[Date Prev][Date Next][Thread Prev][Thread Next][Date Index][Thread Index]
Re: [RRG] The use of UDP in LISP
On Dec 10, 2007, at 1:51 PM, Iljitsch van Beijnum wrote:
On 8 dec 2007, at 19:23, Shane Amante wrote:
I think this can be solved by giving each ETR a small range of
addresses rather than a single one. For instance, if the mapping
system tells the ITR that an ETR has 240.0.0.5/29 then the ITR
could send one flow towards 240.0.0.0, another flow to 240.0.0.1
and so on.
1) As one of the instigators to get Dino to move to the UDP
approach for load-balancing, I can say we discussed this, but it
was ruled out, since it creates administrative overhead for
operators/administrators to acquire and /properly configure/ a
large enough subnet on the ETR to get 'decent' load-balancing over
LAG's, etc. through the core.
So? If we put in the spec that you MUST assign a /29, /28 or what
have you to an ETR and all ITRs automatically use that entire
address range, they'll simply have to do it or it won't work.
You might certainly be able to say MUST, but that doesn't mean
everyone will configure ITR/ETR's that way. As one example, look at
the plethora of RFC's related to Internet security that everyone MUST/
SHOULD/etc. follow and, unfortunately, don't ...
Furthermore, I, and lots of others, would much rather not be "protocol
police" and chase people around telling them to fix their ITR/ETR
deployments (by assigning a /29, /28, etc.), when we can easily
accommodate it in the protocol automatically and for very, very, very
The lack of address space doesn't sound convincing to me either,
today everyone with an AS number has at least a /24 and obviously
not everyone with an AS is going to run ETRs as that way we don't
save any routing table state.
I'm not convinced that the load balancing issue amounts to much in
the first place, by the way. In the vast majority of cases traffic
will come from many different places so load balancing will happen
As someone who has lived with the very acute pain of unfair load-
balancing for the past several years, it is a very real problem -- the
biggest problem today, and for the last few years, is EoMPLS. Only
just recently has someone offered a couple of suggestions to alleviate
the pain of EoMPLS:
While I don't necessarily agree with the recommended approaches in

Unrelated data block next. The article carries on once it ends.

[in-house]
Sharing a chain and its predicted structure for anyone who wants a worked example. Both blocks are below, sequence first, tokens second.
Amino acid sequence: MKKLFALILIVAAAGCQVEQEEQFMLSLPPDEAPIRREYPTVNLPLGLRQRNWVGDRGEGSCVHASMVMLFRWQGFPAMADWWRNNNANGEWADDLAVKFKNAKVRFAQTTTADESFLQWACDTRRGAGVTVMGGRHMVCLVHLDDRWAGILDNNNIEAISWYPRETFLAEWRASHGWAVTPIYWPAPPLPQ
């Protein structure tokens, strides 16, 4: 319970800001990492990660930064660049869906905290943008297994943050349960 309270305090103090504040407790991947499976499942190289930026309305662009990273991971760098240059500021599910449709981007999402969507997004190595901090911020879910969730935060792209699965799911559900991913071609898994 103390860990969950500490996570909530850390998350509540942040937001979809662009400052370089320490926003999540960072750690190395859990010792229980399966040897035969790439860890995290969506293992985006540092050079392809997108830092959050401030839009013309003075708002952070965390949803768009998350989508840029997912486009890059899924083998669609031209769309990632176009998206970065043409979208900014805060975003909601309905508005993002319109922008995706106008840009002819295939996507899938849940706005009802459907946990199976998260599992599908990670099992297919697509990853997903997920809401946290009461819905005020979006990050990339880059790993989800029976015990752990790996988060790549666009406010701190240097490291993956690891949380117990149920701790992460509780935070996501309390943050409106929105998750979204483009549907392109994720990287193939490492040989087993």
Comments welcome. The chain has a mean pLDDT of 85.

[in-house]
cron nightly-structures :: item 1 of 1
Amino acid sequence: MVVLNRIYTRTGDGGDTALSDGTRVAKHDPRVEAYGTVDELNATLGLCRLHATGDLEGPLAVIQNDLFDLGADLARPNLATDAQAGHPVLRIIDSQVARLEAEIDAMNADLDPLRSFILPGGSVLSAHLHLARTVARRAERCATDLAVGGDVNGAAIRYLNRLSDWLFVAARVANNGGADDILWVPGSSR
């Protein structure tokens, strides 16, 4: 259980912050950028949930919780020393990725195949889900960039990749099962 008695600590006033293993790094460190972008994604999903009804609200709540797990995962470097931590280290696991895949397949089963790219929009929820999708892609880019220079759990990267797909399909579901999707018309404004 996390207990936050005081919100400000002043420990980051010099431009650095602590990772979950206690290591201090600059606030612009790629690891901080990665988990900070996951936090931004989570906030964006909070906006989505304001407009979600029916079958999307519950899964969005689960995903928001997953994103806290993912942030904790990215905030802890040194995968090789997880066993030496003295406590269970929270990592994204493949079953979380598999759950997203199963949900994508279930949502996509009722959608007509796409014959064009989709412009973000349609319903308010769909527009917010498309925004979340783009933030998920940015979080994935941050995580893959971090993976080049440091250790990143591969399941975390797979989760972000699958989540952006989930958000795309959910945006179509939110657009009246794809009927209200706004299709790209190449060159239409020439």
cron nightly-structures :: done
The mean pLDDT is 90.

that draft, I (and other operators) agree that it's a very real
problem and needs to be solved.
Back to LISP, and any other proposal which uses tunneling, there will
lots of cases where medium- to large- Enterprises and/or SP's are
sending traffic from their network, tunneled through an ITR, to a
decently sized content/server-farm or other SP's with ETR's. Don't
assume that because either of the downstream/edge Enterprise's or SP's
have 2 (or more) upstream SP's that they will always be evenly load-
splitting their traffic between those two providers. When either
Enterprise A or SP B has one of their access circuits cut, or when one
of the upstream SP's is experiencing congestion, etc. then Enterprise
A or SP B will move all, or nearly all, of their traffic onto the
other upstream SP. This results in a lot of traffic being sourced
from a single ITR toward a single ETR.
One other point to consider: if you are an owner of that ITR or ETR
and you don't use this UDP encapsulation scheme, you will have very,
very, very little input into the 'outcome' of that load-hashing
algorithm in each core router that your tunneled traffic goes through,
(it would just use the outermost src & dst IP's). When your traffic
lands on a congested component-link, you're likely to be quite upset
about that, but the SP that owns that core router is most likely going
to be unable to do anything about it. Instead, the "quick fix" will
be for end-users of ETR's (and ITR's) to change their load-splitting
policy for EID -> RLOC mappings, which means they will want/need to
quickly change state of the mapping system to fix the congestion
problem. Now, why we would want to add this additional "emergency"
bursty traffic load on the mapping system if it can largely be
avoided, (and, instead, the mapping system can deal mostly with longer
timescale traffic engineering)?
to unsubscribe send a message to firstname.lastname@example.org with the
word 'unsubscribe' in a single line as the message text body.
archive: <http://psg.com/lists/rrg/> & ftp://psg.com/pub/lists/rrg